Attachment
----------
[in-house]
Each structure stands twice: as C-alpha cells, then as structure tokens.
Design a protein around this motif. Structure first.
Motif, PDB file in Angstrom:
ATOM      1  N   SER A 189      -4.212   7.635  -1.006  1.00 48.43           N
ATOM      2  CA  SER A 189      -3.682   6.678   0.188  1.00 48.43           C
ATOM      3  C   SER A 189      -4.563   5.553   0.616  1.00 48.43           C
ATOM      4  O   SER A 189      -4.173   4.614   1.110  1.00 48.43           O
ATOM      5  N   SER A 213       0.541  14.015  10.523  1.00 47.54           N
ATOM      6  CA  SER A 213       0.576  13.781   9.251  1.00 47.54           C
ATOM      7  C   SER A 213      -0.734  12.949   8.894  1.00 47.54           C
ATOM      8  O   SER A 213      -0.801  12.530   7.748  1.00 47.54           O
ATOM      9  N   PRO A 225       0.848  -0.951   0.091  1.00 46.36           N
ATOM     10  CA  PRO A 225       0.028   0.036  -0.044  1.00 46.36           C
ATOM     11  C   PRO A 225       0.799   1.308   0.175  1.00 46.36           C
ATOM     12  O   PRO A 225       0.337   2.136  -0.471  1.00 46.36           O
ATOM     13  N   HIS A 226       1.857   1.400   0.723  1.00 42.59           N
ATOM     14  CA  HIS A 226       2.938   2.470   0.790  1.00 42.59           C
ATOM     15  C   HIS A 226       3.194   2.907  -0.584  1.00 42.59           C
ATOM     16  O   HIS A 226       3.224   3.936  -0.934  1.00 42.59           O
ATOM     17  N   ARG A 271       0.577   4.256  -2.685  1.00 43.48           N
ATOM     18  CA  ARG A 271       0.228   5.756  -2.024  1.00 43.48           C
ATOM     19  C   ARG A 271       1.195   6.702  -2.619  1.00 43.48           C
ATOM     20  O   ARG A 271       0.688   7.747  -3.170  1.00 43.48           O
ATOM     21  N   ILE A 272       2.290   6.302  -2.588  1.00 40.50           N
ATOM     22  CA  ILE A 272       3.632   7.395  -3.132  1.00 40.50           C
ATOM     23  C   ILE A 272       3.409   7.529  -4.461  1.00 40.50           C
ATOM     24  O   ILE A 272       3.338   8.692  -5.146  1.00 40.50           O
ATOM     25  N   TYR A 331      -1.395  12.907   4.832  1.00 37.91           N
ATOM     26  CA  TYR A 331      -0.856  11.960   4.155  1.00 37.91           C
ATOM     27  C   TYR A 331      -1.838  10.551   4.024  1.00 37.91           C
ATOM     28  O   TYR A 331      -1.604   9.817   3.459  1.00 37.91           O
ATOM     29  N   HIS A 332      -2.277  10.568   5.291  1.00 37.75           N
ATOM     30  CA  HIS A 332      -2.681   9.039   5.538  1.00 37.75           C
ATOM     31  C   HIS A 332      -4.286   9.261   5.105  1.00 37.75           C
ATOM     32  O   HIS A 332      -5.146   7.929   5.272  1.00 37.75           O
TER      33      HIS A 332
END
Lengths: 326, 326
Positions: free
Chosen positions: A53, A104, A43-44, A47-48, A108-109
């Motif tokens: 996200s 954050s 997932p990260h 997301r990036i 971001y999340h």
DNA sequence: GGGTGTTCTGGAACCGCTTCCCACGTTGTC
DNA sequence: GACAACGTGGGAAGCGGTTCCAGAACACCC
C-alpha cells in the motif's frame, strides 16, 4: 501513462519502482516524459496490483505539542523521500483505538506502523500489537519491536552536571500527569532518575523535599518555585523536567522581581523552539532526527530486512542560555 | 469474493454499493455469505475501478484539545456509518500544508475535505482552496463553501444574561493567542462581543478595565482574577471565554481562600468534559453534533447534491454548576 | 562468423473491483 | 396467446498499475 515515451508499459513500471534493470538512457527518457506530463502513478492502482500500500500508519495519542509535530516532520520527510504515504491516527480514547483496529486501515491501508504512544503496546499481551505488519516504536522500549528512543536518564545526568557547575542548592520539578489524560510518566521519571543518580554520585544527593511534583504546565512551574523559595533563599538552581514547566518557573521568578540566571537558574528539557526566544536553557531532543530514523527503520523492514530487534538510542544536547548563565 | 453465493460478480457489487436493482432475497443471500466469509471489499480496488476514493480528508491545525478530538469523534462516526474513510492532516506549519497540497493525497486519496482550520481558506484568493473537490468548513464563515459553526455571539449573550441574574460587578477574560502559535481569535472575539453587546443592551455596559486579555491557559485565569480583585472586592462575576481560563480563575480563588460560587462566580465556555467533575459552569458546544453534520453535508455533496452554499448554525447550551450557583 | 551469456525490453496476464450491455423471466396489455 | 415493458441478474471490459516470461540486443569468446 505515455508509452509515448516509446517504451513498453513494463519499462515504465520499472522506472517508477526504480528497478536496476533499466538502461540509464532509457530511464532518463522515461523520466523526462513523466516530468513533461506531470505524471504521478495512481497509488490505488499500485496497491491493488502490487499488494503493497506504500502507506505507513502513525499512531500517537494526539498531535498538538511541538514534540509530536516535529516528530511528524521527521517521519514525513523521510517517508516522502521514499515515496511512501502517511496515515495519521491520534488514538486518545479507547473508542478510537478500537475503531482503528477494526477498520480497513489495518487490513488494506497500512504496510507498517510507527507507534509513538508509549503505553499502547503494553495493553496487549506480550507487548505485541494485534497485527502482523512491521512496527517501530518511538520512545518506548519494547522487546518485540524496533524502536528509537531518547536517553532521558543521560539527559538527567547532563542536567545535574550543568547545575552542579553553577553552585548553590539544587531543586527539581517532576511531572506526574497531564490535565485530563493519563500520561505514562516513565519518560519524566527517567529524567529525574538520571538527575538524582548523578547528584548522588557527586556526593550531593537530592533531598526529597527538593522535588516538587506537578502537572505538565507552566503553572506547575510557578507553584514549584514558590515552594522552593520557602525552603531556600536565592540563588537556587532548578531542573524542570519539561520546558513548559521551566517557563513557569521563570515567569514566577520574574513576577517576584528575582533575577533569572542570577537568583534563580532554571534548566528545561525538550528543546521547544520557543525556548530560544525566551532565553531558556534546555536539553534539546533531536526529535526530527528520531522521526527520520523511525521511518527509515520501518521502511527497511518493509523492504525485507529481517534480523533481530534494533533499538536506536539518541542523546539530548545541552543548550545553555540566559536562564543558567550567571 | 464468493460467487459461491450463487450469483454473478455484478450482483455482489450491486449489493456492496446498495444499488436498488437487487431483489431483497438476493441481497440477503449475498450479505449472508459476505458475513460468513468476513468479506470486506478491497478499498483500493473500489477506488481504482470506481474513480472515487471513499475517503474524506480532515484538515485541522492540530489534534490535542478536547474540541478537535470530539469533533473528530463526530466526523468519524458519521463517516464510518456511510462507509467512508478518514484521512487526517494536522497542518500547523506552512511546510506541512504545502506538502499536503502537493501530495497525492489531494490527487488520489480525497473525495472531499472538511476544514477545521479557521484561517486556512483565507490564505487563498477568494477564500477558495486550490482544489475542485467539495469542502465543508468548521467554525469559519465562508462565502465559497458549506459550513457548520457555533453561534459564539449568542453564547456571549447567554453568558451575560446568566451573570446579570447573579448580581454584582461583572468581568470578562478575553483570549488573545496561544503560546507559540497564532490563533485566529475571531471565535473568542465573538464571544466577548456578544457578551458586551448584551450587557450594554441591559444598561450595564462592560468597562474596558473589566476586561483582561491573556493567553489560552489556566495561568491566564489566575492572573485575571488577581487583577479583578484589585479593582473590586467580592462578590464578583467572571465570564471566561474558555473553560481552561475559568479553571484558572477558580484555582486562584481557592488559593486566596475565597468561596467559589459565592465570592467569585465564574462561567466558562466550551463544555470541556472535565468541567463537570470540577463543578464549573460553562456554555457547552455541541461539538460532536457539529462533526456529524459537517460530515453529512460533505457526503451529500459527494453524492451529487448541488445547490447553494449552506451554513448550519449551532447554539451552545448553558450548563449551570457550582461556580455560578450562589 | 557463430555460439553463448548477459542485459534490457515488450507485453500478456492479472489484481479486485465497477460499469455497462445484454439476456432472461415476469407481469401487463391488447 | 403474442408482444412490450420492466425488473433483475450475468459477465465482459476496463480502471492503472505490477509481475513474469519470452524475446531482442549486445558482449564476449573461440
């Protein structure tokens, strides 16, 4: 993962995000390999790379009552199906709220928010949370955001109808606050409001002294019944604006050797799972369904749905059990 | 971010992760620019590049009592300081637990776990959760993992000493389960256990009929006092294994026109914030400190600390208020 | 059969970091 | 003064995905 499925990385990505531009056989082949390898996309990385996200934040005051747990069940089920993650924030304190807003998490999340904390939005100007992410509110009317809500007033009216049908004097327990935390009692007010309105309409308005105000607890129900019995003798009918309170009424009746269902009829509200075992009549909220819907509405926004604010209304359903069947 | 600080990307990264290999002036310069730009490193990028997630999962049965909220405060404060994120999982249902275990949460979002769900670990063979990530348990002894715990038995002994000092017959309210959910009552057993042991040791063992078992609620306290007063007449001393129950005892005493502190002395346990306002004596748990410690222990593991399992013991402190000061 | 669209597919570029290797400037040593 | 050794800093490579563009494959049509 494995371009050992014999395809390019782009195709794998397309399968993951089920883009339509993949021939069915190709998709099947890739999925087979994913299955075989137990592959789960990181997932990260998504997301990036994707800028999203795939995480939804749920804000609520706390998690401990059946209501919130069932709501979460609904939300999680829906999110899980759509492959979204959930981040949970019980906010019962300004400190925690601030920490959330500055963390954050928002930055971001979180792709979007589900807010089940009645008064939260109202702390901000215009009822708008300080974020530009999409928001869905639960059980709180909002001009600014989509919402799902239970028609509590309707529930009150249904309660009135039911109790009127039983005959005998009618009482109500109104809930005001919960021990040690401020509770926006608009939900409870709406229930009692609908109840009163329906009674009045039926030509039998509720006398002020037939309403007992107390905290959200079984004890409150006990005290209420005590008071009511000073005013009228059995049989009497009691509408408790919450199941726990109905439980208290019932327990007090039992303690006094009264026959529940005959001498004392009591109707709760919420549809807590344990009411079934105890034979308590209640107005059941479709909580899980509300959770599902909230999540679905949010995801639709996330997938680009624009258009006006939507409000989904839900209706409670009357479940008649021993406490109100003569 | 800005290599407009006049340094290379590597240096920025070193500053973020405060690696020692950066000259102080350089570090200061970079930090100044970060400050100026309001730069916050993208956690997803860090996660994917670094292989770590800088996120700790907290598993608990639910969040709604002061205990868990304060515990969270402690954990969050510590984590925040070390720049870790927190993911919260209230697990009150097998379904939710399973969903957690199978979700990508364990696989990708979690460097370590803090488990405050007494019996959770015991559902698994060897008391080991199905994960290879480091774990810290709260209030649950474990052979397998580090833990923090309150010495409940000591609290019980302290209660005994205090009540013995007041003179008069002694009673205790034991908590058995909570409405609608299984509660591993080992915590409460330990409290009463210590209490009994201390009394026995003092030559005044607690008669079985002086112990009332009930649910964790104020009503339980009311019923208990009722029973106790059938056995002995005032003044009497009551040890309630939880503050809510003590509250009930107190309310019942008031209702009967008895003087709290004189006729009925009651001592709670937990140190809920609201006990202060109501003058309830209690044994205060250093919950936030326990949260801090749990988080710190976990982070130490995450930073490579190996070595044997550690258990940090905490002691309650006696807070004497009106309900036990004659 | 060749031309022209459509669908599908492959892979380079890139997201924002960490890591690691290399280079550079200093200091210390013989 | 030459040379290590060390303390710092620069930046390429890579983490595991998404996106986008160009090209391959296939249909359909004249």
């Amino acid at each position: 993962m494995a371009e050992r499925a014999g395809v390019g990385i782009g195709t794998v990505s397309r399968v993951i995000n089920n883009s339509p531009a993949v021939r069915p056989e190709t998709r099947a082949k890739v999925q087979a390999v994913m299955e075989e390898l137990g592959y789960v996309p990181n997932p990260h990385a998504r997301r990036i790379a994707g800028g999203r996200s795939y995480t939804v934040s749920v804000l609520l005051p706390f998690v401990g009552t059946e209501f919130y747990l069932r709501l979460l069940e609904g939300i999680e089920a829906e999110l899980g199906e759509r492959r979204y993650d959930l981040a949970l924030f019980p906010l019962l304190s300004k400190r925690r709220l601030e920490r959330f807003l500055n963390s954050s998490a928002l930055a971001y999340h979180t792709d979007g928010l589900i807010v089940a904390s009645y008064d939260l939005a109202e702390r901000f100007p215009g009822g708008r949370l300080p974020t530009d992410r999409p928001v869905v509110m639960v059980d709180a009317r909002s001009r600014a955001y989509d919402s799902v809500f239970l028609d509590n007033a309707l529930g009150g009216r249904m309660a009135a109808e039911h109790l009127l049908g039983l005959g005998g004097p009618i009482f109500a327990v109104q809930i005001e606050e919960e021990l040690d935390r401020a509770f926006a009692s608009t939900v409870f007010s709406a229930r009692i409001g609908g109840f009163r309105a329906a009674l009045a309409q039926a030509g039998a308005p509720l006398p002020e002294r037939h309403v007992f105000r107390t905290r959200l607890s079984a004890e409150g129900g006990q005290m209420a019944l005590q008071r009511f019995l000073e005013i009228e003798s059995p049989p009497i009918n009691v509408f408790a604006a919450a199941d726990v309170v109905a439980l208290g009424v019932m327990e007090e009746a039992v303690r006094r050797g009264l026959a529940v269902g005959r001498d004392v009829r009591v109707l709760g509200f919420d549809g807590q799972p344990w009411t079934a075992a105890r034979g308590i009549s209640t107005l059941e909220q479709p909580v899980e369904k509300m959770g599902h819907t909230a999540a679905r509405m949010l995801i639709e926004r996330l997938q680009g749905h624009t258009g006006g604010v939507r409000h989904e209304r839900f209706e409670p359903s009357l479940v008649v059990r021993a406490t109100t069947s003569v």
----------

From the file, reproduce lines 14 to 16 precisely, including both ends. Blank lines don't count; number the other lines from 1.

ATOM     10  CA  PRO A 225       0.028   0.036  -0.044  1.00 46.36           C
ATOM     11  C   PRO A 225       0.799   1.308   0.175  1.00 46.36           C
ATOM     12  O   PRO A 225       0.337   2.136  -0.471  1.00 46.36           O